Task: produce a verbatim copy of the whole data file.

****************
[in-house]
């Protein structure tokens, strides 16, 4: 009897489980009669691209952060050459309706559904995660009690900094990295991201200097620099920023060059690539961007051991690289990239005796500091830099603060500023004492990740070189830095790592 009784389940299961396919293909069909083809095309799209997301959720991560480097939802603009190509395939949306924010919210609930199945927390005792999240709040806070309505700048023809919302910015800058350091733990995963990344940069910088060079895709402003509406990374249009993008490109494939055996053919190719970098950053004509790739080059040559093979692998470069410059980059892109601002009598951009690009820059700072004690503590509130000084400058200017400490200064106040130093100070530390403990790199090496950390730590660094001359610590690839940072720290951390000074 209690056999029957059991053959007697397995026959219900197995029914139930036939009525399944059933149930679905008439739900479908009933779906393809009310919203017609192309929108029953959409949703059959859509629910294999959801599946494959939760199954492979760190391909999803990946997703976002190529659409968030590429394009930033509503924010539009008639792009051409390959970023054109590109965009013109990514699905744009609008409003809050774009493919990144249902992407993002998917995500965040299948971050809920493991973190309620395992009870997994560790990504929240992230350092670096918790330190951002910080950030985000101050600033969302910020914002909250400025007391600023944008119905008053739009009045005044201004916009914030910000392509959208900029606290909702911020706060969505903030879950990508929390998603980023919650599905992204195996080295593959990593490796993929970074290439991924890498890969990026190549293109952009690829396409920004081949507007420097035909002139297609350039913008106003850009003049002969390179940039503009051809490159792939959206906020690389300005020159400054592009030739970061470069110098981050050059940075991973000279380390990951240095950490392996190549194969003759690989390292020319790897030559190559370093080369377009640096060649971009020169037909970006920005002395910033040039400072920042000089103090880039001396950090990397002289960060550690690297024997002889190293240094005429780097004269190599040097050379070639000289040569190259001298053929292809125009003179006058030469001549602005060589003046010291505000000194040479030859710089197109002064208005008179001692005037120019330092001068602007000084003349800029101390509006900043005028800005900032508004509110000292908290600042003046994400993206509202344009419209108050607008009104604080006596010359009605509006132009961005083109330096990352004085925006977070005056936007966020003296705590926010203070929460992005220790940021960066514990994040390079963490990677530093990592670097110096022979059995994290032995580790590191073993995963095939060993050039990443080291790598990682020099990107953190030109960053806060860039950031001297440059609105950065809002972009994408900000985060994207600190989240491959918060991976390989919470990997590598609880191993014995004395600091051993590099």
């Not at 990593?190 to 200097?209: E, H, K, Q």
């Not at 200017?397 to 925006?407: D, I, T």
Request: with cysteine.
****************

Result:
[in-house]
């Protein structure tokens, strides 16, 4: 009897489980009669691209952060050459309706559904995660009690900094990295991201200097620099920023060059690539961007051991690289990239005796500091830099603060500023004492990740070189830095790592 009784389940299961396919293909069909083809095309799209997301959720991560480097939802603009190509395939949306924010919210609930199945927390005792999240709040806070309505700048023809919302910015800058350091733990995963990344940069910088060079895709402003509406990374249009993008490109494939055996053919190719970098950053004509790739080059040559093979692998470069410059980059892109601002009598951009690009820059700072004690503590509130000084400058200017400490200064106040130093100070530390403990790199090496950390730590660094001359610590690839940072720290951390000074 209690056999029957059991053959007697397995026959219900197995029914139930036939009525399944059933149930679905008439739900479908009933779906393809009310919203017609192309929108029953959409949703059959859509629910294999959801599946494959939760199954492979760190391909999803990946997703976002190529659409968030590429394009930033509503924010539009008639792009051409390959970023054109590109965009013109990514699905744009609008409003809050774009493919990144249902992407993002998917995500965040299948971050809920493991973190309620395992009870997994560790990504929240992230350092670096918790330190951002910080950030985000101050600033969302910020914002909250400025007391600023944008119905008053739009009045005044201004916009914030910000392509959208900029606290909702911020706060969505903030879950990508929390998603980023919650599905992204195996080295593959990593490796993929970074290439991924890498890969990026190549293109952009690829396409920004081949507007420097035909002139297609350039913008106003850009003049002969390179940039503009051809490159792939959206906020690389300005020159400054592009030739970061470069110098981050050059940075991973000279380390990951240095950490392996190549194969003759690989390292020319790897030559190559370093080369377009640096060649971009020169037909970006920005002395910033040039400072920042000089103090880039001396950090990397002289960060550690690297024997002889190293240094005429780097004269190599040097050379070639000289040569190259001298053929292809125009003179006058030469001549602005060589003046010291505000000194040479030859710089197109002064208005008179001692005037120019330092001068602007000084003349800029101390509006900043005028800005900032508004509110000292908290600042003046994400993206509202344009419209108050607008009104604080006596010359009605509006132009961005083109330096990352004085925006977070005056936007966020003296705590926010203070929460992005220790940021960066514990994040390079963490990677530093990592670097110096022979059995994290032995580790590191073993995963095939060993050039990443080291790598990682020099990107953190030109960053806060860039950031001297440059609105950065809002972009994408900000985060994207600190989240491959918060991976390989919470990997590598609880191993014995004395600091051993590099």
């Not at 990593?190 to 200097?209: E, H, K, Q």
């Not at 200017?397 to 925006?407: D, I, T």
Request: with cysteine.